Self-taught, Dominican born and Harlem, NY resident, Artexpo Award winner Sócrates Márquez brings his works to life by exploring with acrylics, oils and household items. The backbone of his work is movement. Known for his signature paint-splatter technique and his dynamic style or “cohesive intentional chaos”, as he calls it, which is far from being a random effort but the artist’s conscious decision, he produces pieces of art that are vibrant and stimulating, inviting the viewers to a journey of discovery and self-interpretations. At trade shows his charisma and energy draw crowds to his booth to meet him, to see his artwork and to learn about his creative process. “The combination of [his] work, [his] booth design and [his] presence…is MAGIC” – says Rick Barnett, Artexpo Business Development Director.
In 2014, Sócrates was named among the top 50 Emerging Artists of the year by Art Business News, the art industry news leader since 1977. “Sócrates’ works do not feel like abstracts painted on a flat surface but instead, as beckoning environments one wants to step into” – says Stacey Ann Ellis, Executive Producer, The Blackwash Televised Art Gallery.
During Artexpo New York 2016, Sócrates performed a live demonstration and was part of a panel of artists within the Topics and Trends Educational Series. Recently, Sócrates Márquez spoke to the Examiner about his experiences working as an artist and his hopes for the future:
Meagan Meehan (M.M.): How and when did you decide to become an artist?
Socrates Marquez (S.M.): Becoming an artist was merely an accident for me. I am self-taught. In 2008 I had just moved into a new apartment in the Pelham Parkway area of the Bronx. For weeks I couldn’t commit to a wall color and found myself painting and changing the colors on the walls every weekend. At some point I would even wake up in the middle of the night and would start painting the walls, until one day when I said to myself that I should stop and get small canvases and try the colors on the canvases instead of spending so much time and effort repainting the walls over and over. The anxiety of the new place coupled with the accumulated stress from working as Director of Finance for a Global Beauty corporation seemed to cease as soon as I started my canvas experiments. I found painting relaxing and for some reason, while I had no formal art foundation or education, color selection and intuitive experimentation came natural for me. A friend who was professionally trained came to visit and saw all the paintings I had finished and the one I was in the middle of upon his arrival and was shocked at the agility and my interaction with colors and the canvas. He encouraged me to continue to do it and said that I should pursue it further because there was some natural talent within me. At the time, I just thought he was pulling a prank on me. I kept going not so much with the intention of becoming an artist but because of how relaxed and comfortable I was with the process. I started experimenting with texture and went to the kitchen to see what was in my cabinets that I could add to create texture on the painting. I tried sugar but sugar wasn’t for me. I tried wheat flour, and while I liked the “cracking” effect of the wheat flour after drying, I still wasn’t content. I tried corn meal, and to my surprise, corn meal created the effect and texture I was looking for.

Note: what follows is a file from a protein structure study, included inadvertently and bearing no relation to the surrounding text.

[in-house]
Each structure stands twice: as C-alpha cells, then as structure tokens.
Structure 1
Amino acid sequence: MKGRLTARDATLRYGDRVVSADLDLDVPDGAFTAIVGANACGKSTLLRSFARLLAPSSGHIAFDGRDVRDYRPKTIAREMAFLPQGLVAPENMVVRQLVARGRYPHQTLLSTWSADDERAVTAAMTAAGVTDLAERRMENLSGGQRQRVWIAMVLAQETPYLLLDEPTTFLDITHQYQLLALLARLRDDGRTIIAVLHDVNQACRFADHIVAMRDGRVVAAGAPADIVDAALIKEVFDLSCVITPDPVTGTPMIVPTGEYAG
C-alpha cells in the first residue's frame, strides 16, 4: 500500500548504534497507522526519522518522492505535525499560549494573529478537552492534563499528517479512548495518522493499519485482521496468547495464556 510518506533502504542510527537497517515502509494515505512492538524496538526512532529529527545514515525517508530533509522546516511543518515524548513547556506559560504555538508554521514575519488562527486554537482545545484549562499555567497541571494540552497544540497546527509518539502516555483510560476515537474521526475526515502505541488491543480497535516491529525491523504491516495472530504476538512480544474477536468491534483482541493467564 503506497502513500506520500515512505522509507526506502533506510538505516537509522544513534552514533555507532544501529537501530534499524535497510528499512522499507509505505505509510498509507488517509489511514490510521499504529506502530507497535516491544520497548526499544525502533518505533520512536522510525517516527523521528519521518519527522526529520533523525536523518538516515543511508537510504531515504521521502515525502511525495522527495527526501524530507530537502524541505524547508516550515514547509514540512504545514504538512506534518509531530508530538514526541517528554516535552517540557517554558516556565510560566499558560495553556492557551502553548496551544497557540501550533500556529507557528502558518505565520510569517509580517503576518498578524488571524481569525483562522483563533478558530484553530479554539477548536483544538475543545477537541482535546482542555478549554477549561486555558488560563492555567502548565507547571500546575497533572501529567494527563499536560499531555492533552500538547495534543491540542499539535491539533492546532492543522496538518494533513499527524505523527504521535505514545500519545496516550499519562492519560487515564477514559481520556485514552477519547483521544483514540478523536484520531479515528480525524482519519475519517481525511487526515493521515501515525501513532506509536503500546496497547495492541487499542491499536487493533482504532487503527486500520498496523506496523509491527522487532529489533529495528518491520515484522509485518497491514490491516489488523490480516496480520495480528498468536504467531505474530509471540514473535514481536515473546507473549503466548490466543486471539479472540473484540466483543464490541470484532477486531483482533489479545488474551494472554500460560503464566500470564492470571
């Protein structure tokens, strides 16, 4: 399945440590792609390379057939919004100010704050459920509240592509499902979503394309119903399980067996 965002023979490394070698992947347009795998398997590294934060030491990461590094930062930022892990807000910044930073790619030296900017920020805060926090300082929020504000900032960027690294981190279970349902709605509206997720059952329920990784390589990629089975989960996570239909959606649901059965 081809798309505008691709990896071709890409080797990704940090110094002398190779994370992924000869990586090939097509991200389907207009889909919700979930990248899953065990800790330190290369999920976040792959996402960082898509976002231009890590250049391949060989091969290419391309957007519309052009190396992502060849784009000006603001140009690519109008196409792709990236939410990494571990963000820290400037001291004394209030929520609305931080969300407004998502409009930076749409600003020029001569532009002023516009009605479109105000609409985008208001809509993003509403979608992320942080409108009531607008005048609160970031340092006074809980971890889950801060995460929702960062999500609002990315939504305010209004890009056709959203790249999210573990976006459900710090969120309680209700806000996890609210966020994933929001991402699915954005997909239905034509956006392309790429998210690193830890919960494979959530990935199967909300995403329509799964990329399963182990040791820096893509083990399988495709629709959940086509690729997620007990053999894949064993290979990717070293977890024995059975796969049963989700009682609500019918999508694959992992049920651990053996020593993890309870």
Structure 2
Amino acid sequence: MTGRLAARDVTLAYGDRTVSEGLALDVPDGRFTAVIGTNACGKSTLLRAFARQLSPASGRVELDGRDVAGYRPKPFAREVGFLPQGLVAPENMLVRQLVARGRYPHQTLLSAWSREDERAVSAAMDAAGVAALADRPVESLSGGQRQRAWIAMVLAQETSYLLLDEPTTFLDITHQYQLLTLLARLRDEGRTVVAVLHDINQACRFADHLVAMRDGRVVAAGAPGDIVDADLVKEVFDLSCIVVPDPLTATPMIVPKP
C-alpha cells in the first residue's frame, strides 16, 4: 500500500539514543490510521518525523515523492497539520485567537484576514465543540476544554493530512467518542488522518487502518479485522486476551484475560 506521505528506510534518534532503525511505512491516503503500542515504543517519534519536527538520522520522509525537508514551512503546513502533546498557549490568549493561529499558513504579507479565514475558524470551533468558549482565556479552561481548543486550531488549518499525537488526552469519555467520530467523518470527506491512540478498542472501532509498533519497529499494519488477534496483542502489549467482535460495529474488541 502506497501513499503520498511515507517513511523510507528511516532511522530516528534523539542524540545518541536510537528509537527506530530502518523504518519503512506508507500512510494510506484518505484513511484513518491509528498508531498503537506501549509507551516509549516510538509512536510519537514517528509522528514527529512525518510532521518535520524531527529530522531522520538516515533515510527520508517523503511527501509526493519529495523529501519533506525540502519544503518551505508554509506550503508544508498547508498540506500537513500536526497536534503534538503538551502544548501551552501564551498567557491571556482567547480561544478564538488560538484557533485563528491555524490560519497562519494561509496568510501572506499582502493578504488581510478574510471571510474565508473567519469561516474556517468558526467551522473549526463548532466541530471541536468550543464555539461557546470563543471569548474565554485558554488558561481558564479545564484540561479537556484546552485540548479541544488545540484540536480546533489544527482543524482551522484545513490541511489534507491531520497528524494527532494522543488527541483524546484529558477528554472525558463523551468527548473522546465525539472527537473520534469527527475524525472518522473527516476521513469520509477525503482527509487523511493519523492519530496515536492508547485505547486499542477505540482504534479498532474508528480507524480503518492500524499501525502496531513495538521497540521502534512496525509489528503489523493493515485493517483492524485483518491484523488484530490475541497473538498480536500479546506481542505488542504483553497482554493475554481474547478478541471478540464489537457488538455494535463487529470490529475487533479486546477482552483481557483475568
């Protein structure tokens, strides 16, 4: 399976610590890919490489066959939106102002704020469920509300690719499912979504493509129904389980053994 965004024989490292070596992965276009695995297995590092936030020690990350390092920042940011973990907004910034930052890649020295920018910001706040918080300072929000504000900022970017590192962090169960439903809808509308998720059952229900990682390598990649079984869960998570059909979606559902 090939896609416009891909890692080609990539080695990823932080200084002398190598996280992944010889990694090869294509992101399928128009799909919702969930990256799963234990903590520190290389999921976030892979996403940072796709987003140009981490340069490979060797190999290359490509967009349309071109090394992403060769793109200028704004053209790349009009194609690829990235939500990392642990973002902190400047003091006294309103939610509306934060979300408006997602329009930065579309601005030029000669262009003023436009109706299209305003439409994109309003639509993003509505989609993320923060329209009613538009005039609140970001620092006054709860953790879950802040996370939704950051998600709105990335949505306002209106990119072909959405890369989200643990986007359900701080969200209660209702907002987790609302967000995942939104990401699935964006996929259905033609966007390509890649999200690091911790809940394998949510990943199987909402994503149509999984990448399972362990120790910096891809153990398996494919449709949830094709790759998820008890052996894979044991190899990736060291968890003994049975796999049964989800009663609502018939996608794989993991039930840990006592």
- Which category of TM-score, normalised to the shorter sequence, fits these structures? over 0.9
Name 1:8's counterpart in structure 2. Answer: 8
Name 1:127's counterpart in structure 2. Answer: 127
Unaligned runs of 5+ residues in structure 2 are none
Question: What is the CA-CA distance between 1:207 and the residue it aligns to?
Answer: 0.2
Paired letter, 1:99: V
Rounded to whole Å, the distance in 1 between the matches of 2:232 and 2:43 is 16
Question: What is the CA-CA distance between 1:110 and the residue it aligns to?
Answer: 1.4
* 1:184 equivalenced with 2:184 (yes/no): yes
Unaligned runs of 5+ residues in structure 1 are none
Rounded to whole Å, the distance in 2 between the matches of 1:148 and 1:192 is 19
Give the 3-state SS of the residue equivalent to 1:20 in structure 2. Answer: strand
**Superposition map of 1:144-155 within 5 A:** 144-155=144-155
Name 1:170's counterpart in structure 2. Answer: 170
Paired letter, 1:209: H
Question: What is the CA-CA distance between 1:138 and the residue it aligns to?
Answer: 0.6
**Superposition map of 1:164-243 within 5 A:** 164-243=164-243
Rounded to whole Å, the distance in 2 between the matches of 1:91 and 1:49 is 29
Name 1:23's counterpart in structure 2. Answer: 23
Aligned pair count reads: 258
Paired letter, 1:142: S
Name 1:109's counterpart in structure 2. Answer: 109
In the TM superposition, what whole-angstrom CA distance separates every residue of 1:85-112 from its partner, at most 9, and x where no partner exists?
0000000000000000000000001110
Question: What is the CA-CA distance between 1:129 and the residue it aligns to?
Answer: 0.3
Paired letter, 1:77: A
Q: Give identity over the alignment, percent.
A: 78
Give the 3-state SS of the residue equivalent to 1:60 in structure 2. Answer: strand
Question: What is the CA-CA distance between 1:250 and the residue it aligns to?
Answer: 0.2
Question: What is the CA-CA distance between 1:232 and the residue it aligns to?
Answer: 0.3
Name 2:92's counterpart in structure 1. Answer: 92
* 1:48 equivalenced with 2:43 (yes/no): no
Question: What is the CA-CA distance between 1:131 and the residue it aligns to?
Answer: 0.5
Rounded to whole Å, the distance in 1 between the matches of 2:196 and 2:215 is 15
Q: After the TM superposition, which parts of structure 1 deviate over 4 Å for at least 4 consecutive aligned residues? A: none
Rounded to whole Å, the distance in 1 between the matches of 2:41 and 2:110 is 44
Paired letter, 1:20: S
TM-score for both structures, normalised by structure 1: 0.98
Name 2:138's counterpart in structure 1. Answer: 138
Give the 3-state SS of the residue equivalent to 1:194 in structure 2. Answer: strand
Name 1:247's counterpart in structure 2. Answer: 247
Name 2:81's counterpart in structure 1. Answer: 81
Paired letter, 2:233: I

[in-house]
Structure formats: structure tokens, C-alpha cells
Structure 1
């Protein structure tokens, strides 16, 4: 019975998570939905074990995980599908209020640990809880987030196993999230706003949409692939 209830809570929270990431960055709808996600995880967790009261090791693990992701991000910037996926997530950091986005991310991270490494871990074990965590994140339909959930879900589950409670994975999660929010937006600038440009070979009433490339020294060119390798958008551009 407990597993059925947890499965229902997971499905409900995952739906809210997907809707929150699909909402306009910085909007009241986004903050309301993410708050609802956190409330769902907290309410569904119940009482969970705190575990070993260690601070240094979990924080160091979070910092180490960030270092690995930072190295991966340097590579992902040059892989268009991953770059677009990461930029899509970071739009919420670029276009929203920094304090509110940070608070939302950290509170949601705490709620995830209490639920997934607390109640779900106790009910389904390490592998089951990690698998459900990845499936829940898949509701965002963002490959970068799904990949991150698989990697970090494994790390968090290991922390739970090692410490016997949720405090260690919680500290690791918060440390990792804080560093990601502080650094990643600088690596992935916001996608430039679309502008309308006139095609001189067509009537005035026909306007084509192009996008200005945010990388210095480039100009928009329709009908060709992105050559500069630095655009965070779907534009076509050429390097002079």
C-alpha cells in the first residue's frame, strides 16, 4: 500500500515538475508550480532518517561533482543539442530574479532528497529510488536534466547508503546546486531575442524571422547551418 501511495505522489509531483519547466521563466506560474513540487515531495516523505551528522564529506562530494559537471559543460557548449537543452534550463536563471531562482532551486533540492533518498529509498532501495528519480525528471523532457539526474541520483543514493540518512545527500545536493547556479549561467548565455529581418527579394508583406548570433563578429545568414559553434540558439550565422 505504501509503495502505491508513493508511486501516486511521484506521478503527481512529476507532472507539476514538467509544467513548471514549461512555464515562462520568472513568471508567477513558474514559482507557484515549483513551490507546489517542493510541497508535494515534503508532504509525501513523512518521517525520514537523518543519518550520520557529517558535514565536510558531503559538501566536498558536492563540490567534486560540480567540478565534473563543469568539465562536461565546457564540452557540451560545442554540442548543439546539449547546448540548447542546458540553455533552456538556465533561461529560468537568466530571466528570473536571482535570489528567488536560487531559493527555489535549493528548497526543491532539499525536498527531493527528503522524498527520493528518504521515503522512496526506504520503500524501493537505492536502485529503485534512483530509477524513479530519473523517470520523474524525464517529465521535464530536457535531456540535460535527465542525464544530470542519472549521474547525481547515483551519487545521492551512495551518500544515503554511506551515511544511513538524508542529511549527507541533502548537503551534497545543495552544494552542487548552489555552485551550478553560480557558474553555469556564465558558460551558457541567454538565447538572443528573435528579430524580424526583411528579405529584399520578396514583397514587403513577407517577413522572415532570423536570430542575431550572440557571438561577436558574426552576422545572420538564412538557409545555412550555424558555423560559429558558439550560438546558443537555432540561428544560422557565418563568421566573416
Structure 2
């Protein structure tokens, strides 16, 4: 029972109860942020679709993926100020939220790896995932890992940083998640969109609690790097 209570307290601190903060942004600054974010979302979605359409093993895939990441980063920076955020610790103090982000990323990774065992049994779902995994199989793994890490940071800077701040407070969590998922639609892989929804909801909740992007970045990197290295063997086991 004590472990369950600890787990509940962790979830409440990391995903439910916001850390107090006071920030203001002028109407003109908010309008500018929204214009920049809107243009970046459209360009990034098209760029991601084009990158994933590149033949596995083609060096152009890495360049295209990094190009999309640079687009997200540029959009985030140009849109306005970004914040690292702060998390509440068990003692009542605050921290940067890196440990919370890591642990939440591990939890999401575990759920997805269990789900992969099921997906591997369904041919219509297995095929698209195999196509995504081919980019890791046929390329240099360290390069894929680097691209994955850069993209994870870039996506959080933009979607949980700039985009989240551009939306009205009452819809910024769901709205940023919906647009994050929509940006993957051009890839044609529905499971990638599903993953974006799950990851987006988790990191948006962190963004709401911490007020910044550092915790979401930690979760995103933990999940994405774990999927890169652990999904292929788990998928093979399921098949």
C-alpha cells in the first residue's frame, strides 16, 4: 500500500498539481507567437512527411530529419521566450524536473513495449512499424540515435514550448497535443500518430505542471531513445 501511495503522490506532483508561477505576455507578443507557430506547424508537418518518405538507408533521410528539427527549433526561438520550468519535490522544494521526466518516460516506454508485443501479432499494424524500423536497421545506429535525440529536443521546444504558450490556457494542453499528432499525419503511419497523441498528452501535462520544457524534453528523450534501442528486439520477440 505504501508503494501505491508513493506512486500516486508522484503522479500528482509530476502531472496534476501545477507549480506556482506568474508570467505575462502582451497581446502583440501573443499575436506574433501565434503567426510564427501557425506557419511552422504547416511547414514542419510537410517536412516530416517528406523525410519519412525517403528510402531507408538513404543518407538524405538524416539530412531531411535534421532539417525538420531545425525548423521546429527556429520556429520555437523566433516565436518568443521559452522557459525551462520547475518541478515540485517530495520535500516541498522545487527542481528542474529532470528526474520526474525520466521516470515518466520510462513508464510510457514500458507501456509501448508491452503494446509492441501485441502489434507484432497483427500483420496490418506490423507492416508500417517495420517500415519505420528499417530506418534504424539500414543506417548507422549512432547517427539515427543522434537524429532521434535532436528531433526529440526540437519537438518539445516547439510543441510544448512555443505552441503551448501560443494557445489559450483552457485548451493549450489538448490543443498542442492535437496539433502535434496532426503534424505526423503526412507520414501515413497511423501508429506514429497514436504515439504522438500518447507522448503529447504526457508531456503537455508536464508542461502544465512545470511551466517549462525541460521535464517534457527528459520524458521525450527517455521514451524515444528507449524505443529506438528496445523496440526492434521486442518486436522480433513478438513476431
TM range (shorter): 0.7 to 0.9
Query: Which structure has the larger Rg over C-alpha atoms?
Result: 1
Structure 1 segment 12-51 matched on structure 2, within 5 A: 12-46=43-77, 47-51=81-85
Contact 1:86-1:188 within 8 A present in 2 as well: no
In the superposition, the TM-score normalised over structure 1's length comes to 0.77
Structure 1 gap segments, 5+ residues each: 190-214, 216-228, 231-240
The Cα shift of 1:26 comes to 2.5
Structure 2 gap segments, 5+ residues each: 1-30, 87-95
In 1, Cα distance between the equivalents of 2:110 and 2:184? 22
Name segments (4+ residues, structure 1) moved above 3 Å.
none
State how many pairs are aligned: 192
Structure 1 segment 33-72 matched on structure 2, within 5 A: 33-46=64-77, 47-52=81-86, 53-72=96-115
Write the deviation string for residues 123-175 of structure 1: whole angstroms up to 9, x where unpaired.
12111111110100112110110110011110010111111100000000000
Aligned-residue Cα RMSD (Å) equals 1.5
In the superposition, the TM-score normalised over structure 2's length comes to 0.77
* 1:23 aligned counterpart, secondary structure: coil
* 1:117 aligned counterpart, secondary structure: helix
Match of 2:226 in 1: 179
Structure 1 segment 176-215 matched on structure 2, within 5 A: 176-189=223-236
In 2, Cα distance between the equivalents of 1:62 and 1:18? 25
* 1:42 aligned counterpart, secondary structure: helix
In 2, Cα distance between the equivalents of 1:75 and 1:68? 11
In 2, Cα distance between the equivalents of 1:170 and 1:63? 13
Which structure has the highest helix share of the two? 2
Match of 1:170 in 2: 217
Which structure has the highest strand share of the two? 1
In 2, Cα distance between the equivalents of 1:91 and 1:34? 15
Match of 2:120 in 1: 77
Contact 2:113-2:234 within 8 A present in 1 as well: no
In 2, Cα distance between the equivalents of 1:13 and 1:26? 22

M.M.: Growing up, which artists/types of art interested you?
S.M.: Growing up in the Dominican Republic in the 80’s and 90’s there was not much exposure to art. So I was only familiar with the most common well known traditional artists such as Picasso, Van Goh, Monet, etc. My favorite was always Van Goh. For me there was some fascinating hidden energy in the way he traced his paintings.